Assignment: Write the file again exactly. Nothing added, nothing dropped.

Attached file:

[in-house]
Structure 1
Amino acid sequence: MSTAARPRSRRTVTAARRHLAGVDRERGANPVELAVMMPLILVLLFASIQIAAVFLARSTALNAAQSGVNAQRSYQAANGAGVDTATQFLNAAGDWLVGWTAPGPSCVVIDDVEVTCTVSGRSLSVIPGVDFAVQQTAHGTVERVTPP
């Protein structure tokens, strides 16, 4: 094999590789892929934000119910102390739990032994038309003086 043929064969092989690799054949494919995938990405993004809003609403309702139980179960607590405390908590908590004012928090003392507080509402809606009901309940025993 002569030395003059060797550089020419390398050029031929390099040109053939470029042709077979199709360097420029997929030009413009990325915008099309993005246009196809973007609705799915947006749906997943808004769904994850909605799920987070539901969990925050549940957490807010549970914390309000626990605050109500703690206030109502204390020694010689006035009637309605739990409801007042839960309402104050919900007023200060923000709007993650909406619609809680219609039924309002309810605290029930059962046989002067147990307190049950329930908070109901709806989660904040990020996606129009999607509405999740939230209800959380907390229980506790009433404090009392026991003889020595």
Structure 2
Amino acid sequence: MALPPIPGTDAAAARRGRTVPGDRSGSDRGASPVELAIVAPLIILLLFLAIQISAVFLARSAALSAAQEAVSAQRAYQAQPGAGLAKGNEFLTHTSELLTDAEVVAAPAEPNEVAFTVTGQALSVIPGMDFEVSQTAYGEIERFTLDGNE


[in-house]
Structure 1
Amino acid sequence: MSTAARPRSRRTVTAARRHLAGVDRERGANPVELAVMMPLILVLLFASIQIAAVFLARSTALNAAQSGVNAQRSYQAANGAGVDTATQFLNAAGDWLVGWTAPGPSCVVIDDVEVTCTVSGRSLSVIPGVDFAVQQTAHGTVERVTPP
């Protein structure tokens, strides 16, 4: 094999590789892929934000119910102390739990032994038309003086 043929064969092989690799054949494919995938990405993004809003609403309702139980179960607590405390908590908590004012928090003392507080509402809606009901309940025993 002569030395003059060797550089020419390398050029031929390099040109053939470029042709077979199709360097420029997929030009413009990325915008099309993005246009196809973007609705799915947006749906997943808004769904994850909605799920987070539901969990925050549940957490807010549970914390309000626990605050109500703690206030109502204390020694010689006035009637309605739990409801007042839960309402104050919900007023200060923000709007993650909406619609809680219609039924309002309810605290029930059962046989002067147990307190049950329930908070109901709806989660904040990020996606129009999607509405999740939230209800959380907390229980506790009433404090009392026991003889020595």
Structure 2
Amino acid sequence: MALPPIPGTDAAAARRGRTVPGDRSGSDRGASPVELAIVAPLIILLLFLAIQISAVFLARSAALSAAQEAVSAQRAYQAQPGAGLAKGNEFLTHTSELLTDAEVVAAPAEPNEVAFTVTGQALSVIPGMDFEVSQTAYGEIERFTLDGNE